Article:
Melissa Langdon is thrilled to be a part of the New Beginnings team. She is a graduating Honours Acting student from the University of Winnipeg. Through her time at the university, she appeared in Time and the Conways, Concord Floral, and Rosencrantz and Guildenstern are Dead. She’s also appeared in a number of films including Grief (Kaiju Productions) and Harmonize (Prairie Kid Productions). In addition to performing as a dancer, Melissa appears in Usna’s story, which focuses on a group of women fleeing their home country of Afghanistan.

 

As the daughter of an immigrant parent, Melissa has learned so much about the struggles and triumphs that many newcomers face while arriving in Canada. “The conversations that have emerged while discussing the struggles of new Canadian citizenship and the immigration process have been extremely powerful: from resettling after arrival to long-term personal growth and adaptation,” says Melissa.

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Dagmawit Habtemariam

 

Dagmawit Habtemariam (or Dagm for short) is new to the Sarasvàti stage, having been born and raised in Addis Ababa, Ethiopia. She moved to Winnipeg with her husband and two children in July 2011. Her educational backgrounds include an M.A in Social Anthropology and a B.Ed. degree in History, both from Ethiopia. Currently, she is taking an undergraduate degree in Human Rights program at the University of Winnipeg while working as a Graduate Studies Admission Officer.

Dagm is excited to share the stories of immigrants’ lives with Winnipeggers: particularly culture shocks, the ordeals of coming to Canada, as well as hopes for themselves and their children in a new home. “I am an immigrant myself and the different scenes of the project discuss the opportunities, challenges and commonalities that immigrants face when moving to Winnipeg and Canada.”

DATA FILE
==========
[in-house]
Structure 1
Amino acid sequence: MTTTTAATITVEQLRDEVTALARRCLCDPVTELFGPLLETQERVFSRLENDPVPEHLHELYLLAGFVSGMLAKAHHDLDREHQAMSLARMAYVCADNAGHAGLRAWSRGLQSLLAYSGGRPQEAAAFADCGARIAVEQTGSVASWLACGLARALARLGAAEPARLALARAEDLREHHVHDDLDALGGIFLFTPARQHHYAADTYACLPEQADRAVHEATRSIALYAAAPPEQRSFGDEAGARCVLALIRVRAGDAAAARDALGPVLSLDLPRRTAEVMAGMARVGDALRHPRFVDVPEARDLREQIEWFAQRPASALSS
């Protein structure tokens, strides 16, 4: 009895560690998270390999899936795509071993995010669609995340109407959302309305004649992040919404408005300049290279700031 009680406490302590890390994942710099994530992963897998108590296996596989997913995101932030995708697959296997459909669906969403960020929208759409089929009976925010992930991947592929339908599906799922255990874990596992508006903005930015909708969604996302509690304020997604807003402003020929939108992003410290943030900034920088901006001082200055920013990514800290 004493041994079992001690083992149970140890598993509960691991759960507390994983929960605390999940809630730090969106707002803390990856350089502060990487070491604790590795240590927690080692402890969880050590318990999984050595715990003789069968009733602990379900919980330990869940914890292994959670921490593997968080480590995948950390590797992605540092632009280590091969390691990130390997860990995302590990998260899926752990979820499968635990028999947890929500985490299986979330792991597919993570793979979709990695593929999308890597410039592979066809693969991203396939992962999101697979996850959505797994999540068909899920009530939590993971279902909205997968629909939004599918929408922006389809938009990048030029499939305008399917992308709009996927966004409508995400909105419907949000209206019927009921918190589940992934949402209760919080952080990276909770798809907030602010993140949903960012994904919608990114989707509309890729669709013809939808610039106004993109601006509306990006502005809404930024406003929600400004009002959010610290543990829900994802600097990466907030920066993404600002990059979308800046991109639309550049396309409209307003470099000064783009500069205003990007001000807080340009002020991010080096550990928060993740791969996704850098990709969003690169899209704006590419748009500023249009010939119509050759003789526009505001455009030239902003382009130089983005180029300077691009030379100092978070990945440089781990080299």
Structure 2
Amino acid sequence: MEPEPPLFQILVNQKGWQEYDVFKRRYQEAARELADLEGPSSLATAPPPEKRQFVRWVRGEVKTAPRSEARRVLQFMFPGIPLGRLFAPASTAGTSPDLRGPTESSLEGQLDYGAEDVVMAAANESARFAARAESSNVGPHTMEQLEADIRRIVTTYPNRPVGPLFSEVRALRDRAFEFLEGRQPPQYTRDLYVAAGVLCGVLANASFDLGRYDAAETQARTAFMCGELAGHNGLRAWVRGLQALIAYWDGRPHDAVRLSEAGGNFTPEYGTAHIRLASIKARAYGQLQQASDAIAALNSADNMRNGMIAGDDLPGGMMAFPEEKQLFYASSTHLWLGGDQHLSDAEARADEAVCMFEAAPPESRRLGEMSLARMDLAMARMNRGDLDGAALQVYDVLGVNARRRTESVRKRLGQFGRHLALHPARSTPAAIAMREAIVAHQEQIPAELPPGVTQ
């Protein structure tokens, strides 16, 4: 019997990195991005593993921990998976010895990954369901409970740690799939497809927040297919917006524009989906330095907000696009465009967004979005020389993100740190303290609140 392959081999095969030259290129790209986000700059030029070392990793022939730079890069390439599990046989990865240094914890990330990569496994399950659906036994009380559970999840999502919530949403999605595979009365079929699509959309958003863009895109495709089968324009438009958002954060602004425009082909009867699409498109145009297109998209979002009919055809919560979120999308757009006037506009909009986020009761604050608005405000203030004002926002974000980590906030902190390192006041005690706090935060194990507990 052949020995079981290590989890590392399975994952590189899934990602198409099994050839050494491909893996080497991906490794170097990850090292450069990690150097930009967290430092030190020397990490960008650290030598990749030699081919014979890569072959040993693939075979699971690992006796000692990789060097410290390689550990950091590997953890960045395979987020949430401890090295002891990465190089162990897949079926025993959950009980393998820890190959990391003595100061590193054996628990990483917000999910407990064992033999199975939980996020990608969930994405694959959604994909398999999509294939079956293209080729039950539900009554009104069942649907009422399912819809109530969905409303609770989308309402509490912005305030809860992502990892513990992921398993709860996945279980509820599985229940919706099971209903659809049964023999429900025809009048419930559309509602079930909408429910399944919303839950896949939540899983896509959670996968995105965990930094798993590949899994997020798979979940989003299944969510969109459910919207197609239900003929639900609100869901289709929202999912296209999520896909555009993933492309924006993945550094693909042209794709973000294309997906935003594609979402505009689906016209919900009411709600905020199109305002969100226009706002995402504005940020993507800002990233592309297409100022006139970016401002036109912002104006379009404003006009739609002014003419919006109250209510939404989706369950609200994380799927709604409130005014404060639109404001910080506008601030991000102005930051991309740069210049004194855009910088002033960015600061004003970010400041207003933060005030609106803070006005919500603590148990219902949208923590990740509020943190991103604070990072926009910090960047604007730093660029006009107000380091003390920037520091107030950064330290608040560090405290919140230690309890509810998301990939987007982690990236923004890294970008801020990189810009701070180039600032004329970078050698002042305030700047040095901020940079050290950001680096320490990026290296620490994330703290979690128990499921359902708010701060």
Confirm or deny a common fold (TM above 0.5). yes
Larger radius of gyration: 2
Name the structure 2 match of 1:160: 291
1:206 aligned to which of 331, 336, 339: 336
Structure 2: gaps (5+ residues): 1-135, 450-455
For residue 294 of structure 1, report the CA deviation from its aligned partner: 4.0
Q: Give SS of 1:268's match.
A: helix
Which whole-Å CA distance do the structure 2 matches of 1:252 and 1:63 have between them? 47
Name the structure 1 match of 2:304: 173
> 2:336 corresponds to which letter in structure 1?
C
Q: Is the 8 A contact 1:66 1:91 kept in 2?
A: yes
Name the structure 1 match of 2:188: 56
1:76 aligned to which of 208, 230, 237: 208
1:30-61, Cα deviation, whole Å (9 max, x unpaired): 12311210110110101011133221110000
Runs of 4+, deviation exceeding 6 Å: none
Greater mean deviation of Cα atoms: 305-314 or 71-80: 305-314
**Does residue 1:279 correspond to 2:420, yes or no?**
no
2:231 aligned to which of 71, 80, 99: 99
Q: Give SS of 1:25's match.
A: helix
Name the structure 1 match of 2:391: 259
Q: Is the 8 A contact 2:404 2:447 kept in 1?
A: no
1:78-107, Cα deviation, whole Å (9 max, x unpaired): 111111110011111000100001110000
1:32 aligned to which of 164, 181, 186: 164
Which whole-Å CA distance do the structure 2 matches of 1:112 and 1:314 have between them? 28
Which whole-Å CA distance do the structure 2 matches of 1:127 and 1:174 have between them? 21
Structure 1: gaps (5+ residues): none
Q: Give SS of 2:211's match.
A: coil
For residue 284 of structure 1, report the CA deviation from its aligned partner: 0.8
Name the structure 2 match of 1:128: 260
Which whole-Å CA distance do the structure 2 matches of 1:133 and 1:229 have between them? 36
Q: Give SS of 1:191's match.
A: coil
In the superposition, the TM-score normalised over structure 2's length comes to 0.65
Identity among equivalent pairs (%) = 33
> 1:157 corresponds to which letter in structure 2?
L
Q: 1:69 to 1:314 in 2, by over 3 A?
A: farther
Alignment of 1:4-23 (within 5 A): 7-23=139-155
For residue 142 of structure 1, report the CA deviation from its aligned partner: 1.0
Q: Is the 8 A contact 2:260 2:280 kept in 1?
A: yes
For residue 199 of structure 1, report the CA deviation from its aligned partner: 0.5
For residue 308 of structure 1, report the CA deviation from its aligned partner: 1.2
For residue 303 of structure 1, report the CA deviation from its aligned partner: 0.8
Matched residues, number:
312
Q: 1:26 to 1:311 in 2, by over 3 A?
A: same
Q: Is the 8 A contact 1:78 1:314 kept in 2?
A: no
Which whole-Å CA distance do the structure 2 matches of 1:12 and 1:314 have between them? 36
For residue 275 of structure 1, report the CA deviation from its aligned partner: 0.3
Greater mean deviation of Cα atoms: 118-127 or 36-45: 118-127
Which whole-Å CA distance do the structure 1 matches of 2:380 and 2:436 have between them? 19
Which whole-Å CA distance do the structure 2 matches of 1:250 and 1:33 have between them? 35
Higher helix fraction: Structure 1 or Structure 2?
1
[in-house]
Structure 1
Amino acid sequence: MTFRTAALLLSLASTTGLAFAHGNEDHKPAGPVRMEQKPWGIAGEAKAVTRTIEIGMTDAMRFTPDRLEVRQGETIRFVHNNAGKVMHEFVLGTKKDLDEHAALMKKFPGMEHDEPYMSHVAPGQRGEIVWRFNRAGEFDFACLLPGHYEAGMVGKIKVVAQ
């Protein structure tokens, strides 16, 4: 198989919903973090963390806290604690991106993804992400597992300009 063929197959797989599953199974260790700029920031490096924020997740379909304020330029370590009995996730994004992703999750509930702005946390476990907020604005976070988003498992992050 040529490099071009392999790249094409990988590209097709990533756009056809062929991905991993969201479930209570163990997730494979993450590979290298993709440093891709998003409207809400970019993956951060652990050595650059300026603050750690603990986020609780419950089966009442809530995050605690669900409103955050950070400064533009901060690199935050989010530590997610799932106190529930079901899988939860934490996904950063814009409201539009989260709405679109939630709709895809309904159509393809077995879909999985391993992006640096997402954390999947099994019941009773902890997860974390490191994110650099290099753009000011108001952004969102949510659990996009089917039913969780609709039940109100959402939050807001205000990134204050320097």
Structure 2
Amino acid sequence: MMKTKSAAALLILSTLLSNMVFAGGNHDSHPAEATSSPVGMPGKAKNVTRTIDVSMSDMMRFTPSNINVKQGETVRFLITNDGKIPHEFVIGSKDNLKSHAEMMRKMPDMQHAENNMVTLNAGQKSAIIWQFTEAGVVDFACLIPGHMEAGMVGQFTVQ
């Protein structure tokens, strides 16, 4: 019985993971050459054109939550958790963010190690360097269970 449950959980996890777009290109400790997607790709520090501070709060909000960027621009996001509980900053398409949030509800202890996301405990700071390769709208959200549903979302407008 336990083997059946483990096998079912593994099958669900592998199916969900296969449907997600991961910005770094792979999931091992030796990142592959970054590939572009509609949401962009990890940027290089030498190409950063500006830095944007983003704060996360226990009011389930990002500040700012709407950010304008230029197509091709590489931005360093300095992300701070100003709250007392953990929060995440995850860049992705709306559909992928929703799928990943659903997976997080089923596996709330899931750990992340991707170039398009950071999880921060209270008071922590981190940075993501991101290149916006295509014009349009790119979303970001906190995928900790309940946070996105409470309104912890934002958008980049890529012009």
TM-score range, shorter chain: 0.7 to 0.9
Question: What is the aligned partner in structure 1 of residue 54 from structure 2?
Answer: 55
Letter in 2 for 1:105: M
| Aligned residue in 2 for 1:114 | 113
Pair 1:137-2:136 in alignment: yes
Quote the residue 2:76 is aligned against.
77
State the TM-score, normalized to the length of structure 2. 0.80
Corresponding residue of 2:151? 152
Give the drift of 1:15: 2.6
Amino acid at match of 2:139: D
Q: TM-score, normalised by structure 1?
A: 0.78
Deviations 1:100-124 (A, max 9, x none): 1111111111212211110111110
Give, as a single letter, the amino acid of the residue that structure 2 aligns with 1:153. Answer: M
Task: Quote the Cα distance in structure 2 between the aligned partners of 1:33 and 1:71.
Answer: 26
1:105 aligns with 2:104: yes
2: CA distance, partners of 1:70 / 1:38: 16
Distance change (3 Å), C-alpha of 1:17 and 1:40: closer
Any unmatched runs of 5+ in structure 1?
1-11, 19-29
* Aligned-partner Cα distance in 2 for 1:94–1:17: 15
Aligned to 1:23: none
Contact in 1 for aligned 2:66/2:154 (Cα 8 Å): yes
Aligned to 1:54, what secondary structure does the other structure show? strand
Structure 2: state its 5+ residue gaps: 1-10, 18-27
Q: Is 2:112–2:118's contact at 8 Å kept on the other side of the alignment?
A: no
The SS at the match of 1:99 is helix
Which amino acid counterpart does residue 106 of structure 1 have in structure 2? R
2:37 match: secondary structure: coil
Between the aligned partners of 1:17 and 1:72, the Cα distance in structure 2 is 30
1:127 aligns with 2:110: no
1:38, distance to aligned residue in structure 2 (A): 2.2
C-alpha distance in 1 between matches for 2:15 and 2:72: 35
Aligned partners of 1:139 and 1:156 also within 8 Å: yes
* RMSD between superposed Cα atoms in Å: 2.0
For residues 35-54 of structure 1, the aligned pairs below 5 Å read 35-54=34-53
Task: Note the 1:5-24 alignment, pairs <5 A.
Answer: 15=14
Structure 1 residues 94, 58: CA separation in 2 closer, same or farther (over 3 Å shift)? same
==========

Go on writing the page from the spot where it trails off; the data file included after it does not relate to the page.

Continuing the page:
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Anjali Sandhu

Dagm also appears in Karwan and Irekanmi’s stories, both of which focus on how different generations experience settlement. Joining Dagm in Karwan’s story is familiar face Anjali Sandhu. Anjali is a Winnipeg-based comedian, actor, writer and law student. She has performed stand-up at the Winnipeg Comedy Fest, SheDot Comedy Festival, Sirius XM’s Next Top Comic, and more. Anjali was a writer/adapter of The Trump Card which she performed with District Theatre Collective at the 2017 Winnipeg Fringe Festival. She also wrote and performed an original piece for Sarasvàti’s 2018 Cabaret of Monologues, Flight 182. Anjali’s original show I’m Not Taylor Swift will premiere this summer at the Winnipeg Fringe Festival.

 

Like Melissa, Anjali also comes from a family of newcomers. “I’m excited about working with new artists,” says Anjali. “As the daughter/granddaughter of immigrants, I am excited to explore what my family members’ may have experienced through this piece.”

You can catch all of our amazing artists when New Beginnings premieres on May 22nd! The production takes place until May 27th at the Asper Centre for Theatre and Film (400 Colony St). Don’t miss out – get your tickets today!

Looking Back on a Remarkable Year

Wow! It’s hard to believe how much can happen in a year. This week we look back on our greatest endeavours of 2017 made possible due to the amazing support of our donors, funders, volunteers, artists and community partners!

  • Theatre Workshops with North End Youth